Perfected by Kate Jarvik Birch

Perfected by Kate Jarvik Birch

(Cover picture courtesy of Goodreads.)

As soon as the government passed legislation allowing humans to be genetically engineered and sold as pets, the rich and powerful rushed to own beautiful girls like Ella. Trained from birth to be graceful, demure, and above all, perfect, these “family companions” enter their masters’ homes prepared to live a life of idle luxury.


Ella is happy with her new role as playmate for a congressman’s bubbly young daughter, but she doesn’t expect Penn, the congressman’s handsome and rebellious son. He’s the only person who sees beyond the perfect exterior to the girl within. Falling for him goes against every rule she knows…and the freedom she finds with him is intoxicating.


But when Ella is kidnapped and thrust into the dark underworld lurking beneath her pampered life, she’s faced with an unthinkable choice. Because the only thing more dangerous than staying with Penn’s family is leaving…and if she’s unsuccessful, she’ll face a fate far worse than death.


For fans of Keira Cass’s Selection series and Lauren DeStefano’s Chemical Garden series, Perfected is a chilling look at what it means to be human, and a stunning celebration of the power of love to set us free, wrapped in a glamorous—and dangerous—bow.

[Full disclosure: I received a free ebook through NetGalley in exchange for an honest review.]

This is another book where I honestly don’t know where to start because there are so many things wrong with it.  I’ll try my best, though.

Okay, so the premise of Perfected is that genetically perfect humans are being engineered and sold as pets.  This is not quite stupid but so ridiculous my eyes nearly popped out of my head when I realized that Kate Jarvik Birch was tone-deaf about things like politics or social movements.  I would have believed this premise had she actually done some decent world-building instead of just setting this in what seems to be the present.  There’s a lot of problems with setting it in the present but I’ll start with the main one: the American people would never again accept slavery.

Yes, there is illegal slavery all around the globe, even in the United States.  But for it to be ingrained into the legal system as actual legislation when the government can’t even pass the simplest bill right now?  That’s ridiculous.  It would be political suicide in this current culture to even mention something that might possibly be resembling slavery, let alone outright slavery of human beings.  No one can even agree on genetically modified food, for crying out loud!  How do you think making designer babies would go over in the next five years?  And for them to be made into slaves?  Yeah, right.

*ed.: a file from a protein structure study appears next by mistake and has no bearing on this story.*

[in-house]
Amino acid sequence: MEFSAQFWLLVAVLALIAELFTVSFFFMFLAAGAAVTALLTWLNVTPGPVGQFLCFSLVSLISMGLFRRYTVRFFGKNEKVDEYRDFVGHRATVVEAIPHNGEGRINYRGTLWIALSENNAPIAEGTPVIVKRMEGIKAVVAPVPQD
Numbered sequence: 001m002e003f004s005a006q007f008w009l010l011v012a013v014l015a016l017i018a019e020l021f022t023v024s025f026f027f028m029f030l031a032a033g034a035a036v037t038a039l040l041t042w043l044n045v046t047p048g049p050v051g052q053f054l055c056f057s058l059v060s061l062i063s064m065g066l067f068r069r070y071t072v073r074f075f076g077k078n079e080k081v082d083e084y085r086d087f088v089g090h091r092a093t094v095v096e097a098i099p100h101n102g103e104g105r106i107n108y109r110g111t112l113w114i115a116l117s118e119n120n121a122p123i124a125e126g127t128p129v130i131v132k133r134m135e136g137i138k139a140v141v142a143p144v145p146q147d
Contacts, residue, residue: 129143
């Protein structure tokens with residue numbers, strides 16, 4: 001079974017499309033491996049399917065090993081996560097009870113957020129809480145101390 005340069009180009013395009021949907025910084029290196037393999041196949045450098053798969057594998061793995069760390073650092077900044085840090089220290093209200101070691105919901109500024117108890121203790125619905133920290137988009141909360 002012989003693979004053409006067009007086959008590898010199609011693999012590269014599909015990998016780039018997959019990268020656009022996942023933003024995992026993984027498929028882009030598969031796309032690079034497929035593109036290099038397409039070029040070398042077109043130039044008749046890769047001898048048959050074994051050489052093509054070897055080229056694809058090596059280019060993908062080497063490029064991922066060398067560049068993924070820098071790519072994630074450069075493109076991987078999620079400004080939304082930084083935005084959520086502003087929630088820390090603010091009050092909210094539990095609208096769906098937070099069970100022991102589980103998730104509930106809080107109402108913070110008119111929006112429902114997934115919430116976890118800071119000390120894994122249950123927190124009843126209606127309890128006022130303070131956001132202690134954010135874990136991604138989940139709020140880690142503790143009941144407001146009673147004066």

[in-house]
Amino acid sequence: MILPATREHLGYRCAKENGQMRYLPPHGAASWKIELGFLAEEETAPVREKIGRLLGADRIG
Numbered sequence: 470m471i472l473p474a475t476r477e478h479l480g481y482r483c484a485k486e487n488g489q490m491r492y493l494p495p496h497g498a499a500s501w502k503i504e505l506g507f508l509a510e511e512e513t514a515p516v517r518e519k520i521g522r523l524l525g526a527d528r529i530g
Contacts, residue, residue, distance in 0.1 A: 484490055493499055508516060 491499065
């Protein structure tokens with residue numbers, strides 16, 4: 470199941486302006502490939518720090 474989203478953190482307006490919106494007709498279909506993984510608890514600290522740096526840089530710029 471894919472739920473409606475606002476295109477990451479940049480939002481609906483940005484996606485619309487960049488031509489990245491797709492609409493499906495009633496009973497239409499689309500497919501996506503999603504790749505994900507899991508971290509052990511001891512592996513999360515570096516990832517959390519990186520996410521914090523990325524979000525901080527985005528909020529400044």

Like I said, I would have been more lenient with the premise of the books had the author done her work and did some real world-building.  I could have understood maybe slavery coming about after some catastrophic events that reshaped the American social and political environments forever.  Something like a world war, perhaps.  At least then it would have an aura of possibility.  But as it is, saying that the legislation got passed simply because of corporate donations and pressure is so simplistic it’s insulting to the readers.  I’m Canadian and I understand that it’s not that simple in American politics, even with outrageous amounts of money.

It doesn’t take a cynical reader like me to realize that young, beautiful girls being bought by wealthy old men is a recipe for sexual slavery.  It’s alluded to in the novel and is revealed as the reason Ella’s predecessor was removed from the home but it’s never really explored or even presented realistically.  The fact that Ella doesn’t even know what kissing is beggars belief when these girls are trained to go into the homes of wealthy men.  Add that to the fact they’re sold into prostitution when they’re no longer cute and you have to wonder why the ‘breeders’ (the people who create these girls) don’t have them spayed (their word, not mine) in the first place or at least teach them basic sex ed.  Yes, I know they’re kept naïve and innocent but some things are just too unrealistic.

Okay, even if I ignored all of the things wrong with Kate Jarvik Birch’s premise and world-building I still wouldn’t be a huge fan of this book.  Ella has been bred and taught to be compliant so she makes a ridiculously boring narrator.  She’s not interesting and not even really that sympathetic.  Penn, just don’t get me started on him.  One minute he hates the sight of Ella the next he’s got his tongue in her mouth.  Ugh.  I really, really, really hate Insta-Love.

The plot is moderately paced but there are absolutely no surprises.  Of course the previous girl got pregnant with the Congressman’s child and was killed.  That’s why his wife was so opposed to getting a new ‘pet’.  Of course Penn and Ella try to escape and claim refugee status at the Canadian border.  There were no real twists or turns to the plot and I don’t think you have to be a cynical reader like I am to figure out what’s going to happen in the end.  Mind you, it ends on sort of a cliffhanger so they can make a franchise out of this if it does indeed become the new Chemical Garden series or The Selection.

Don’t be fooled by pretty covers, folks.  It’s not worth it.

I give this book 1/5 stars.

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